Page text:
John Ransom

The fiscal cliff is over. And it turns out it was just a reality TV show that was devoid of reality. Taxes are going up on everyone. Make sure you check your paycheck, because you’re included too, not just the dirty, rotten rich.

Now that Fiscal Cliff, the TV show has been cancelled, Wall Street is back to concentrating on the normal cliffs they usually worry about: the earnings cliff, the interest rate cliff, the money printing cliff (QE4EVER! <3 <3) and whatever other cliffs that worried traders can dream up for gullible journalists to write about.

I always find it hilarious to read AP/Reuters reports that tell us why the market is going up- or down. I’ve talked to people who write the news; I know some of these folks. You could tell them that the market was going up because Justin Bieber was getting breast implants and some of these guys would write it.

But here’s the bigger problem: Governments today are chronically unable to solve the very issues that they propose to solve.          

For example, the Vatican can’t take credit cards anymore.

Why? Because governments can’t solve even simple problems.   

This from CNN:

Vatican museums and shops have been unable to accept credit or debit card payments since Jan. 1, after the Bank of Italy prevented Deutsche Bank from providing the service due to concerns about financial oversight in the city-state, sources familiar with the matter told CNNMoney.

The Vatican has taken several steps in recent years to improve its record on banking supervision. But a report last year by Moneyval -- an independent group of European experts -- found it was still falling short of international standards to tackle money laundering and other financial crimes.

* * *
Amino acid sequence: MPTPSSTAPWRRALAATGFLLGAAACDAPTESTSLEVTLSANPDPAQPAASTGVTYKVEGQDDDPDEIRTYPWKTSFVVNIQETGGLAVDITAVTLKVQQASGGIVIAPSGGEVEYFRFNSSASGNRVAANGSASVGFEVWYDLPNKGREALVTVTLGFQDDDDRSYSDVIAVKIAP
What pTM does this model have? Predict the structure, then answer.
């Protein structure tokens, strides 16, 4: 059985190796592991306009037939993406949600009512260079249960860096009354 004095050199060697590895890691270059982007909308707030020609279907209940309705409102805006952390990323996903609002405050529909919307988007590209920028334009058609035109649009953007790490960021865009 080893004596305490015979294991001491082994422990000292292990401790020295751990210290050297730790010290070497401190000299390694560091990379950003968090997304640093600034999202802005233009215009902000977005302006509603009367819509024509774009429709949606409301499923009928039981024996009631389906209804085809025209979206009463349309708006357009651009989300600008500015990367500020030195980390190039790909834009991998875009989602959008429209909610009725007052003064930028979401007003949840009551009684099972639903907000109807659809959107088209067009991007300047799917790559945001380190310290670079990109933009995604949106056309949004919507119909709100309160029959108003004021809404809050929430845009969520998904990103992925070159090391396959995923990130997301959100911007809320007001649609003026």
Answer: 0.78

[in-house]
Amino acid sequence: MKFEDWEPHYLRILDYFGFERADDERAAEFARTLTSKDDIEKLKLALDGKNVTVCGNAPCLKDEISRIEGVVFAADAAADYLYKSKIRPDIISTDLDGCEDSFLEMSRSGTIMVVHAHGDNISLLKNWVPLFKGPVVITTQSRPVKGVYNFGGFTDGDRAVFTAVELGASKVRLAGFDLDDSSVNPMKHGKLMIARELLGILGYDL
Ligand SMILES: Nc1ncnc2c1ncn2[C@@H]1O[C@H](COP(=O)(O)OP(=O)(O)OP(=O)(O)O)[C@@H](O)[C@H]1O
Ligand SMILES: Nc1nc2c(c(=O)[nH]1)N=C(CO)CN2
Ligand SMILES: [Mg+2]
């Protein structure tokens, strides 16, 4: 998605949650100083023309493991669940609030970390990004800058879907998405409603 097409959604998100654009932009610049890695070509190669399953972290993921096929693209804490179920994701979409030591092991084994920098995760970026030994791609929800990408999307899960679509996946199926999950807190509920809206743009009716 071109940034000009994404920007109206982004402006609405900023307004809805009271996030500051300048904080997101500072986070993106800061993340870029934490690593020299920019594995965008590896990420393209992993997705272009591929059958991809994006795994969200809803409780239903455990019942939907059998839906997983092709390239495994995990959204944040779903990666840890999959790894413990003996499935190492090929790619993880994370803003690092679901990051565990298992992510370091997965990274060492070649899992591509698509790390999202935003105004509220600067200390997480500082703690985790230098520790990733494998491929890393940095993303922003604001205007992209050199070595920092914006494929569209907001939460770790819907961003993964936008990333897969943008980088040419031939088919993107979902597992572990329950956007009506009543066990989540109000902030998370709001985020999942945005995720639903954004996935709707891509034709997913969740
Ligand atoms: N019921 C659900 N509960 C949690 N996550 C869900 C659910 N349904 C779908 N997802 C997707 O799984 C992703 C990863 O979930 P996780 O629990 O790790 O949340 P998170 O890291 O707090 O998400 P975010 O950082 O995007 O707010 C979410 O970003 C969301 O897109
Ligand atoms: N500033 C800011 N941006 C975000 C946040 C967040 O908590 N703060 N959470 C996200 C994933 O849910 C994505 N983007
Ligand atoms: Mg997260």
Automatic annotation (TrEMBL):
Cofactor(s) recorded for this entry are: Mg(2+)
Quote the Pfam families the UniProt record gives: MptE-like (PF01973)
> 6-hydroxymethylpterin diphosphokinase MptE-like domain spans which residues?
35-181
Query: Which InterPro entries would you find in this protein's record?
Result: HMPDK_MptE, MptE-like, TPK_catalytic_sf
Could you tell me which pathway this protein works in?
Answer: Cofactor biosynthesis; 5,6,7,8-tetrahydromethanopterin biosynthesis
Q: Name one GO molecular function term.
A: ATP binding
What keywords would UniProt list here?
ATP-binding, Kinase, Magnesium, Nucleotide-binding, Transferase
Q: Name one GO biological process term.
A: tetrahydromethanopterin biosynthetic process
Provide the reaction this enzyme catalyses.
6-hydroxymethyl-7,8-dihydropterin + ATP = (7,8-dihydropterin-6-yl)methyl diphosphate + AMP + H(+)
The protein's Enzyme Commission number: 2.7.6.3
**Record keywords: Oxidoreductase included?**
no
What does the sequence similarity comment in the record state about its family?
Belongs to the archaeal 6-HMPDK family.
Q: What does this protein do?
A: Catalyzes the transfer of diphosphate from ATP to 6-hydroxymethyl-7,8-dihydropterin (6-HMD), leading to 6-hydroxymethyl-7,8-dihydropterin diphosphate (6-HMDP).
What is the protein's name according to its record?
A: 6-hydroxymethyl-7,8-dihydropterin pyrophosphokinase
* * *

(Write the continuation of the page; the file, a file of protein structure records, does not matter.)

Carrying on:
Moneyval isn’t just an “independent group of European experts”- an oxymoron if ever there was one. They are from the government in the EU- and they are here to help. Think of them as the Patriot Act guys for the EU.

Yeah; THOSE guys.  

John Ransom

John Ransom’s writings on politics and finance have appeared in the Los Angeles Business Journal, the Colorado Statesman, Pajamas Media and Registered Rep Magazine amongst others. Until 9/11, Ransom worked primarily in finance as an investment executive for NYSE member firm Raymond James and Associates, JW Charles and as a new business development executive at Mutual Service Corporation. He lives in San Diego. You can follow him on twitter @bamransom.

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